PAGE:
Very little is known about Tommy Lincoln, Abraham Lincoln's younger brother. Thomas Lincoln Jr. was named after his father and was born while the Lincolns lived at the Knob Creek Farm in Hodgenville, Kentucky. The family lived there from 1811 to 1816, and many sources list 1812 as the year of Tommy Lincoln's birth. The birthdate is lost to history.
Tommy lived only for a short period. Dennis Hanks said that the baby "did not live 3 days." Augustus H. Chapman, a Lincoln family relative by marriage, said Tommy "died when only 3 days old." No cause of death is known.
Dr. Daniel B. Potter of Elizabethtown, Kentucky, rode 13 miles on horseback to the Lincoln cabin to treat infant Tommy, but he was unable to save the baby's life.
Dr. Potter arrived in the area in 1811. He passed away in 1814. When his estate was settled, it was discovered that Thomas Lincoln had once paid him $1.46 for services rendered. It is possible that there was a connection between this account and the death of Tommy. As Dr. Potter was only active in the area for three years, it makes 1812 a logical guess as the year of Tommy's birth and death.
Thomas Lincoln made a coffin for his child. He also carved the letters T.L. into a stone that would be Tommy's grave marker. Tommy was buried in the Redmon family cemetery on a knoll overlooking the Lincolns' farm.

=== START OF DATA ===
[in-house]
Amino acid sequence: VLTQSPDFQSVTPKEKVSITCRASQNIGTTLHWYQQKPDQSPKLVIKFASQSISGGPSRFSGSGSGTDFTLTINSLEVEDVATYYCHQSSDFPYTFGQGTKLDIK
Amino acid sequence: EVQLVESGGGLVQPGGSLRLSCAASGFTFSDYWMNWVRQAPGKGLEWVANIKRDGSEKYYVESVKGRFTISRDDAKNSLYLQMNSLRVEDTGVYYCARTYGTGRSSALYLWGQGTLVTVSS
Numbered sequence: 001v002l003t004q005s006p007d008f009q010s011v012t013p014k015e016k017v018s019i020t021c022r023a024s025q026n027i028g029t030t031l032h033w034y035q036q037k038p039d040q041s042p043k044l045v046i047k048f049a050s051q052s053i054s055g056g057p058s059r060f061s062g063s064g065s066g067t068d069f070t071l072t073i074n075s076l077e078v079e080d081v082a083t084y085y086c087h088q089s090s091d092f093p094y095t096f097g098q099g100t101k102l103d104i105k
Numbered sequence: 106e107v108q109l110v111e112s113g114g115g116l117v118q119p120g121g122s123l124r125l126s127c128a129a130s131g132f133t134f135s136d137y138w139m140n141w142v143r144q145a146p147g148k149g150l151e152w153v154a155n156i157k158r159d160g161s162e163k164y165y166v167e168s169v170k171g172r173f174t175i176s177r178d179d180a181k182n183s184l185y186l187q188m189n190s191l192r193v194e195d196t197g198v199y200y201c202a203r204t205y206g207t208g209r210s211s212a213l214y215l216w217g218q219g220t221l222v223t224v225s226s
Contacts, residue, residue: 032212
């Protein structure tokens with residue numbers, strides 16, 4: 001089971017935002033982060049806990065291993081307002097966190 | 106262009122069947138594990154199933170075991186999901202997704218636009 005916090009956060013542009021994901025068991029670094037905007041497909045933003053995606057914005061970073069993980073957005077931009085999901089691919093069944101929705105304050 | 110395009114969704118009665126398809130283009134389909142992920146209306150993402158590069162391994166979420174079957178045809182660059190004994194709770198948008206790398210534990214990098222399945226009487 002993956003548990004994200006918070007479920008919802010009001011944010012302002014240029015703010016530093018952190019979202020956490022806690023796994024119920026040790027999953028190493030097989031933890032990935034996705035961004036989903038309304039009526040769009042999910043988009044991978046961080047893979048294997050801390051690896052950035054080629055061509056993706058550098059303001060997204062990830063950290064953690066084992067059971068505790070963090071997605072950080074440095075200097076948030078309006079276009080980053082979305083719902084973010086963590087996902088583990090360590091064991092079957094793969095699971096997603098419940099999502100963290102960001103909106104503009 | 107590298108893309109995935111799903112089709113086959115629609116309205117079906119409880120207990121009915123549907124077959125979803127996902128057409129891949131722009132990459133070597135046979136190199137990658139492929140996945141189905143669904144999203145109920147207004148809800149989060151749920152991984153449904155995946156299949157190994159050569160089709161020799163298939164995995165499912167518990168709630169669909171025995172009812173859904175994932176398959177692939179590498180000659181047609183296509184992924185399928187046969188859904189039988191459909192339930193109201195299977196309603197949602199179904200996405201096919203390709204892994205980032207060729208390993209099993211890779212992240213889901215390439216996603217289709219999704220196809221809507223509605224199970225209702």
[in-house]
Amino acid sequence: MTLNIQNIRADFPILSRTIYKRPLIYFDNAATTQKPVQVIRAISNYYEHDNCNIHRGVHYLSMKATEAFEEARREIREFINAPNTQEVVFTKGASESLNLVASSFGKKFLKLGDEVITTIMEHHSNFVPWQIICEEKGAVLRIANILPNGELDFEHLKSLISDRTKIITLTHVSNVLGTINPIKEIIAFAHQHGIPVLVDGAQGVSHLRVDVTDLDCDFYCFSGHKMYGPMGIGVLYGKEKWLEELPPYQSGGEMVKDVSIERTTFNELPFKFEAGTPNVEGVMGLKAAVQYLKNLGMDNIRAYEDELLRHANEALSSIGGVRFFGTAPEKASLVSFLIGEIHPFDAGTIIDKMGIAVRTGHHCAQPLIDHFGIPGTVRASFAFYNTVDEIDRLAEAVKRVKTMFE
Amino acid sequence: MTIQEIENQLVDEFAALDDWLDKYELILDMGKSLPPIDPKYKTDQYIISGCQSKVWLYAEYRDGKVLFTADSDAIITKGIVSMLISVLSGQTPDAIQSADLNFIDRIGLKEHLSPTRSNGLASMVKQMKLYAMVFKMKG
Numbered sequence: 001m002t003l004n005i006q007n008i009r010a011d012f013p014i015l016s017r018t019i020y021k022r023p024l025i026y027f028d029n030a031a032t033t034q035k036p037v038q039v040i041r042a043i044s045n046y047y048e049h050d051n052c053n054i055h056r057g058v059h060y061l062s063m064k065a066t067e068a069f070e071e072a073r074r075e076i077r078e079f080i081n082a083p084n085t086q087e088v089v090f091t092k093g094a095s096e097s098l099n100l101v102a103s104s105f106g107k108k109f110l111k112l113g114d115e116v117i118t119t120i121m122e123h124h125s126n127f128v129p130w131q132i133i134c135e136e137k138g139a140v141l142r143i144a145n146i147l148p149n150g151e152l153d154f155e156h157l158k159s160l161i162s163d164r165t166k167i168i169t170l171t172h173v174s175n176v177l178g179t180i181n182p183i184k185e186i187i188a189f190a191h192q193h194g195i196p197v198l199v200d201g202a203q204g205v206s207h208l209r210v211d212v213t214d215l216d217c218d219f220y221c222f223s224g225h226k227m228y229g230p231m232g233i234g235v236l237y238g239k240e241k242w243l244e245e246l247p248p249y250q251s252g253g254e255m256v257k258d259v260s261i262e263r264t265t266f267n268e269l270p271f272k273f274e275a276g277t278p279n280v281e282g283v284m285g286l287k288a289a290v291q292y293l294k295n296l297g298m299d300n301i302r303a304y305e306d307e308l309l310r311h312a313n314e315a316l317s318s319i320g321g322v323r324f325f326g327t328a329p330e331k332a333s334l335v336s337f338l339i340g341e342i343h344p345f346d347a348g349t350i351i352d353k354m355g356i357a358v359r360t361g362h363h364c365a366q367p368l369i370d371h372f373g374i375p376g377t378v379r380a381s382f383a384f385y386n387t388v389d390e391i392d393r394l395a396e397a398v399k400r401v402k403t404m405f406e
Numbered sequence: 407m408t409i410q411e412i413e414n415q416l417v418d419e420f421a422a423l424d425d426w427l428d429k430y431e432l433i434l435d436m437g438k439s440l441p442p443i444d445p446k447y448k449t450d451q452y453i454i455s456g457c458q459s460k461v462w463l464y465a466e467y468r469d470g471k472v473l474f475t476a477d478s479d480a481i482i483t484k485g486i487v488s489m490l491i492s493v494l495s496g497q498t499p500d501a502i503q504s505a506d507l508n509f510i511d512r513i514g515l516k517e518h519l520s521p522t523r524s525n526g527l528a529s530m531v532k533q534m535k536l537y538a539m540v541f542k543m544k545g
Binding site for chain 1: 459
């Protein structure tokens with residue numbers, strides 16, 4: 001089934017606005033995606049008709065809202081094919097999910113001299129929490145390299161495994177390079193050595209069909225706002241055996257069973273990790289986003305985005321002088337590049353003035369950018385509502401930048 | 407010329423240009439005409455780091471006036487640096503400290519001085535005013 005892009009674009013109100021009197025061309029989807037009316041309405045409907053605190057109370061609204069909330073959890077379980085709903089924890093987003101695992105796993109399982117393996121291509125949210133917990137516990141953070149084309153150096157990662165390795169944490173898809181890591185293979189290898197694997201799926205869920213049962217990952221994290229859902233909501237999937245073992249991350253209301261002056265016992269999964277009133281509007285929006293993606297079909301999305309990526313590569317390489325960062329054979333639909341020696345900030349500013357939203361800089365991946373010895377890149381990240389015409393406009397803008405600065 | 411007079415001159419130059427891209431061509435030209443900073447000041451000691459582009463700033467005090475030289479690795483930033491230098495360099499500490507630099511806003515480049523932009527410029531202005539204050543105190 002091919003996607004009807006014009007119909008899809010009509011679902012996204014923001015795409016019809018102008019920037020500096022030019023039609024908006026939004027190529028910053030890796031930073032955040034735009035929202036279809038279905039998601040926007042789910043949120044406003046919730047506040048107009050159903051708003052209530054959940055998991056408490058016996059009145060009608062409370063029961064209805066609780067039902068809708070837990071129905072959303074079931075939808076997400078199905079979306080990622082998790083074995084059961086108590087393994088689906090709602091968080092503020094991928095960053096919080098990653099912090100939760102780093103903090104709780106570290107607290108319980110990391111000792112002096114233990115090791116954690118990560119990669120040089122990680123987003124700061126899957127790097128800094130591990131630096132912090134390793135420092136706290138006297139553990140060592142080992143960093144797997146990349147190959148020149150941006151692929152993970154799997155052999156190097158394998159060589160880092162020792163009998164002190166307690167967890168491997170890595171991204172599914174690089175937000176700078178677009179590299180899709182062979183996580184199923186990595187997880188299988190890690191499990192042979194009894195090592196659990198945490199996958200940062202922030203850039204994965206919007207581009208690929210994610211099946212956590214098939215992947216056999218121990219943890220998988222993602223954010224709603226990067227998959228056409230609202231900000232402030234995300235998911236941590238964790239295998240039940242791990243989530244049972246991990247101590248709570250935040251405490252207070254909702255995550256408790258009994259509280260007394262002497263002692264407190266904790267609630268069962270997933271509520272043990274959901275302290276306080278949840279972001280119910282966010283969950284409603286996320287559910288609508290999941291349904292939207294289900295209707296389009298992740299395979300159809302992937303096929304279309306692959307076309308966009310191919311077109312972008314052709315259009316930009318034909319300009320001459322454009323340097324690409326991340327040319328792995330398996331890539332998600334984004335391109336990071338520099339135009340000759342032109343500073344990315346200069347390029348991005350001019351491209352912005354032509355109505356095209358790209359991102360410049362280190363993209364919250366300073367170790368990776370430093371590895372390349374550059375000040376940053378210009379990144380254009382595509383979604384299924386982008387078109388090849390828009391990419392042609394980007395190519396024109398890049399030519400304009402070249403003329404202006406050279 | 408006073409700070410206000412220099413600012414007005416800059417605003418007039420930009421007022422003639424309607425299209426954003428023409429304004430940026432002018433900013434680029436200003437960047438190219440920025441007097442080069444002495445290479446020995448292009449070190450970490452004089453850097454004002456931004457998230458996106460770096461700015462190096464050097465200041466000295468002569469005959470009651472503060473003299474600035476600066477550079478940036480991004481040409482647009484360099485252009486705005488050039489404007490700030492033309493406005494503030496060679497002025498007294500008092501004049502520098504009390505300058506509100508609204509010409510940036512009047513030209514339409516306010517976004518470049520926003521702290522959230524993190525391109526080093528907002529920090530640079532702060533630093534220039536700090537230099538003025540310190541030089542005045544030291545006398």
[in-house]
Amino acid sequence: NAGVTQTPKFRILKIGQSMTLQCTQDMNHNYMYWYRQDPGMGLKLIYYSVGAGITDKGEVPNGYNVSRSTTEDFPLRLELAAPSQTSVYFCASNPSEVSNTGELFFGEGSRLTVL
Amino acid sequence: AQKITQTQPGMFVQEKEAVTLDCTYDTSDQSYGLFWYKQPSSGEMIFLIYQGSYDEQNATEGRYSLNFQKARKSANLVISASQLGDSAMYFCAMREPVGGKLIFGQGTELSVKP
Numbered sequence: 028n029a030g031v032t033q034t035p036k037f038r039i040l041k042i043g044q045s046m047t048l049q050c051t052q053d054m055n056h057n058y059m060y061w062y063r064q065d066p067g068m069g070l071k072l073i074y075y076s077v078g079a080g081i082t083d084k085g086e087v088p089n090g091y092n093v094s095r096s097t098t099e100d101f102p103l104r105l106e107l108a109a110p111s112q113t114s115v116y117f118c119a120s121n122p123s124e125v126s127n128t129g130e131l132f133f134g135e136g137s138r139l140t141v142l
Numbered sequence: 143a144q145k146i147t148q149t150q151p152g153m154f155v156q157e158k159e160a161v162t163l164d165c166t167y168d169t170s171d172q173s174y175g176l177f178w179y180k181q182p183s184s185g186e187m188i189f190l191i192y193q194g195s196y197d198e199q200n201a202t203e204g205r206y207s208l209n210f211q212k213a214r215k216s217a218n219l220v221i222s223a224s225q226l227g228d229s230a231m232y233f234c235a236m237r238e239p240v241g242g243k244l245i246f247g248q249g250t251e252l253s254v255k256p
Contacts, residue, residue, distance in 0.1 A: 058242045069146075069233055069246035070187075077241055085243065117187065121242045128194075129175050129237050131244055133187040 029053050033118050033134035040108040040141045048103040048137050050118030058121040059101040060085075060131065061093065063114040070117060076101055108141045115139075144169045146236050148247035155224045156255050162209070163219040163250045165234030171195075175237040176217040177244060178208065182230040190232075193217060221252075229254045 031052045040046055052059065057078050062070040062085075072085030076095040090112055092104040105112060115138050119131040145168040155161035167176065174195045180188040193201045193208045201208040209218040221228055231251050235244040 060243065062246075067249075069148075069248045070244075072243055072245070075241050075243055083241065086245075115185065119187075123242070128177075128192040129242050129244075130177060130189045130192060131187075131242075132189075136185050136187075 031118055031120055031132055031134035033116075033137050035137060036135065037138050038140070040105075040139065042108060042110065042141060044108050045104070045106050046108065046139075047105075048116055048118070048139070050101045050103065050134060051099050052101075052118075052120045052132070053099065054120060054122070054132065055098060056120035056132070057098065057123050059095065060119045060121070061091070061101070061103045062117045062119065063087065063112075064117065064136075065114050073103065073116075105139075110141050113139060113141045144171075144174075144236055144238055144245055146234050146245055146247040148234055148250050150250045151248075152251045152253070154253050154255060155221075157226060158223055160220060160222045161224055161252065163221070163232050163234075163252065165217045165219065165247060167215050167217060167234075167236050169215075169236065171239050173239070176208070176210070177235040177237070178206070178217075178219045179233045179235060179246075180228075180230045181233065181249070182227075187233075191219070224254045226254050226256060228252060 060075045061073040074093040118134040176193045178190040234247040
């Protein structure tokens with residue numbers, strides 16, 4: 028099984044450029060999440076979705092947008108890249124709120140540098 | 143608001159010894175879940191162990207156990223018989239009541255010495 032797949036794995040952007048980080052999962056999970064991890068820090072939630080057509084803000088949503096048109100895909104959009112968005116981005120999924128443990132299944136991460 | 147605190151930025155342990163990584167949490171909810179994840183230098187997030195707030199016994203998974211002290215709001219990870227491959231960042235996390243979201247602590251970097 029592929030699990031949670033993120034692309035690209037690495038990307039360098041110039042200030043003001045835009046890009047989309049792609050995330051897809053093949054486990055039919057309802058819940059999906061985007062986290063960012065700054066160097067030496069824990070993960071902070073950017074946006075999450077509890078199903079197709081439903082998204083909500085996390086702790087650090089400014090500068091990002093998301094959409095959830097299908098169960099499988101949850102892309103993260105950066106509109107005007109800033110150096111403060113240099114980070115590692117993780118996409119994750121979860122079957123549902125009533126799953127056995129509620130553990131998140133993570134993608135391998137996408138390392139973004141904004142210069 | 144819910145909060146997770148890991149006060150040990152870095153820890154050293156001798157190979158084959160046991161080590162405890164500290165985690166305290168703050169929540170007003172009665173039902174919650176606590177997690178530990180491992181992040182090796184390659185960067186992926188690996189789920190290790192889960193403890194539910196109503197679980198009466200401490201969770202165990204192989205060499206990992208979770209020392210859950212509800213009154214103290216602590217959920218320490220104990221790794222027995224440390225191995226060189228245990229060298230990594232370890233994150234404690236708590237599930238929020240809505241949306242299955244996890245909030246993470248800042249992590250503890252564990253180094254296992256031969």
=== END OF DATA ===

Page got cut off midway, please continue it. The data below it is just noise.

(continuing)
Workers from the Works Progress Administration found a small stone buried just below the sur while clearing the cemetery. The stone had the initials T.L. carved into it, and the initials matched the T.L. that Thomas Lincoln carved into pieces of cabinetry he made for neighbors. It was felt that this was indeed Tommy's grave marker.
Boy Scout Post 15 of Des Moines, Iowa, donated a new tombstone for Tommy in 1959. For years, the original grave marker for Tommy was on display at the Nancy Lincoln Inn next to the Abraham Lincoln Birthplace National Historical Park, but it's now under the care of its owner. Tommy's grave is located on private land.
Abraham Lincoln only made mention of Tommy on one occasion. When Lincoln ran for President in 1860, John L. Scripps of the Chicago Tribune asked him to write an autobiography. In it, Lincoln wrote that he had "a brother, younger than himself, who died in infancy."
Little Tommy was the third and last child born to Thomas and Nancy Lincoln. The first child, Sarah, was born February 10, 1807. The second child, Abraham, was born February 12, 1809.